The Trump Administration’s decision to pull the United States out of the 2015 Joint Comprehensive Plan of Action
—the landmark nuclear agreement between Iran and the United Kingdom, France, Germany, Russia, China, and the United States—strikes a dangerous blow against arms control and international security and even more firmly establishes the United States as a rogue nation.
They are the foundations of a happy, healthy childhood: good nutrition, health care which includes immunisations and preventative care as well as treatment for illness, a good education.How many among us would even think to list clean water to drink, a safe place to go to the toilet and the ability to keep hands, bodies and surroundings clean with soap and water?
For many years now, media attention on sexual abuse and exploitation by United Nations peacekeepers cornered the UN and pushed it toward reform. Now, the #MeToo movement has put the organization — and many other major institutions across the world — on red alert.
The April inauguration of Ethiopia’s new Prime Minister came amid much fanfare and raised expectations for the future of true democracy in Ethiopia, while far less publicized though relevant developments in the American capital could also play a significant role in shaping that future.
Reham Qudaih wakes up nightly to the same nightmare: her father shot, lying on the ground in a pool of blood.“In my dreams he is on the ground shot. When I have that dream – which I’ve had more than once I wake up screaming,” she told the Norwegian Refugee Council (NRC).
IOM Director-General William Lacy Swing yesterday addressed European and Chinese stakeholders marking three years of the EU-China Dialogue on Migration and Mobility Support Programme (MMSP), a project funded by the European Partnership Instrument and implemented jointly by IOM and ILO.
Humanitarian agencies working in Bangladesh’s Rohingya refugee camps today marked the completion of the first new plot of land prepared to relocate families most at risk of landslides during the upcoming monsoon season.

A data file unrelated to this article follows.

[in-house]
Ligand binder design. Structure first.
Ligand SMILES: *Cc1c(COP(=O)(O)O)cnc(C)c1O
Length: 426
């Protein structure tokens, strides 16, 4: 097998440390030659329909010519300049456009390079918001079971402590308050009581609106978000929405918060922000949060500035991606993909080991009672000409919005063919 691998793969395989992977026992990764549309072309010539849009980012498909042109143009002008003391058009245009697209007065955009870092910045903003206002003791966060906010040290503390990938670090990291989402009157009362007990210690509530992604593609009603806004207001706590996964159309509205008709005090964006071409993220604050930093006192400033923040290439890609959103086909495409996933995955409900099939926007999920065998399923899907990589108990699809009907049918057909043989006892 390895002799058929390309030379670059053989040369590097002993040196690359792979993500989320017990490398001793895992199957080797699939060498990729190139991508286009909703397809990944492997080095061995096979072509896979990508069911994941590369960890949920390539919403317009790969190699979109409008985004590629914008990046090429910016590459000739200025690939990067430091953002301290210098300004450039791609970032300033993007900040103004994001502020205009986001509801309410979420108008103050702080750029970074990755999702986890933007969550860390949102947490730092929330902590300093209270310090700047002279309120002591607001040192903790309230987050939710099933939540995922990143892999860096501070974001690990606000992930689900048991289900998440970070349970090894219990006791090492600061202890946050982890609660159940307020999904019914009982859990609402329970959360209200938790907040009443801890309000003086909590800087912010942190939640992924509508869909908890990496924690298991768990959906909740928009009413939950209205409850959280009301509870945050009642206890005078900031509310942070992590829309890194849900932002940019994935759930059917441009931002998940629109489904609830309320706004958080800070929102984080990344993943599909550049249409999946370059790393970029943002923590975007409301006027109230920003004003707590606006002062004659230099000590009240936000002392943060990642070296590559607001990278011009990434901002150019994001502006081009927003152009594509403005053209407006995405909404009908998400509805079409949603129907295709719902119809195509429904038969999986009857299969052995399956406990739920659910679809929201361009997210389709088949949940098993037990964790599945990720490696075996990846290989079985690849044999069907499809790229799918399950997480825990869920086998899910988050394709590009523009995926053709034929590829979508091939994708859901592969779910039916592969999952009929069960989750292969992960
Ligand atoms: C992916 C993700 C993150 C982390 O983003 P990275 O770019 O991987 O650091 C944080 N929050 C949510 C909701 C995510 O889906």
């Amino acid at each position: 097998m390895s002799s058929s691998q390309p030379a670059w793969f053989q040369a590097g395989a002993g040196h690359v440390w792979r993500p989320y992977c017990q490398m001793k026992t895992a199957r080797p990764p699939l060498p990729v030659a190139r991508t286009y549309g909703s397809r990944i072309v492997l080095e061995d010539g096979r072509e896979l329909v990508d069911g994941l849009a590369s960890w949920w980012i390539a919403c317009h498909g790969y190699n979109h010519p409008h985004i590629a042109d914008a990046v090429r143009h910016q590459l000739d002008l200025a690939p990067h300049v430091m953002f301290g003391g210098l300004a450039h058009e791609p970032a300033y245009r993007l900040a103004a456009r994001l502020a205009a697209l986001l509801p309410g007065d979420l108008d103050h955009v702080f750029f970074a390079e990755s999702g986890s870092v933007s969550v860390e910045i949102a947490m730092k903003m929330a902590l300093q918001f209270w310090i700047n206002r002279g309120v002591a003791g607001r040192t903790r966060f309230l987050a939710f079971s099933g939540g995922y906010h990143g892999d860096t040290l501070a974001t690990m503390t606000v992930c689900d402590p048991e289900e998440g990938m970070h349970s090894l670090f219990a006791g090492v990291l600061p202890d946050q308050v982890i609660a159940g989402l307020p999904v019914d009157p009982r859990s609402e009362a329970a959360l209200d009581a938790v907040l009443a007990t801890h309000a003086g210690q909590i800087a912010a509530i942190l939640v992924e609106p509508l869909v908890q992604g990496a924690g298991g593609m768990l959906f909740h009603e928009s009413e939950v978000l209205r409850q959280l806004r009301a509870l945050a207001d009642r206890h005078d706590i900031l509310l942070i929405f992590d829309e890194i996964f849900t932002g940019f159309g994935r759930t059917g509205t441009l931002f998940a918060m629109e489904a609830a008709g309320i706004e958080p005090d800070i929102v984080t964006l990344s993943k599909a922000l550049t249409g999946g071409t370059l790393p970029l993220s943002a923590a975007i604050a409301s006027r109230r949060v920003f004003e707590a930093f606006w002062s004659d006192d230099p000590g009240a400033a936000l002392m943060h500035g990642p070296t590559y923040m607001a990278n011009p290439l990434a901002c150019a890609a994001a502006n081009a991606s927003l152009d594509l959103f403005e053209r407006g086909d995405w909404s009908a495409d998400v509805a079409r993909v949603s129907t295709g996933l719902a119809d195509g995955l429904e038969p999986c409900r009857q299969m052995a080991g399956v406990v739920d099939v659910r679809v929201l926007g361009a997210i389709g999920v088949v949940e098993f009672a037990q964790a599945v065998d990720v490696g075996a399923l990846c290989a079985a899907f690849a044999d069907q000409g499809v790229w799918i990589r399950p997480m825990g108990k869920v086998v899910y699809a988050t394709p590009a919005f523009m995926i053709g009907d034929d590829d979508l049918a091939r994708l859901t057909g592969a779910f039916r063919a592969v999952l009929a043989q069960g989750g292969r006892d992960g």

Every day, hundreds of lives are lost due to gun violence worldwide. Guns are responsible for about half of all violent deaths – nearly a quarter million each year.But the dire consequences of gun violence are not limited to those slain by guns. For every person killed by a gun, many more are injured, maimed, and forced to flee their home and community. Still many more live under constant threats of gun violence.
The underlying message at the fifth annual Stockholm Forum on Peace and Development was summed up in its telling title “The politics of peace.”But the task ahead was overwhelmingly difficult: How do you advance peace and development against the backdrop of political unrest in parts of Asia and Africa and continued conflicts in the Middle East— all of them amidst rising global military spending triggering arms sales running into billions of dollars.
I was 14-years-old the first time I came face to face with a human trafficker. The Lord’s Resistance Army (LRA) raided my home. Ruthless, they demanded virgins and young girls. In a horrifying escape, I endured a treacherous, long journey that ended in an internally displaced people’s camp. I was lucky. Many Ugandan children were not. By the end of the nineteen years’ civil war, UNICEF estimated that the LRA had abducted some 20,000 children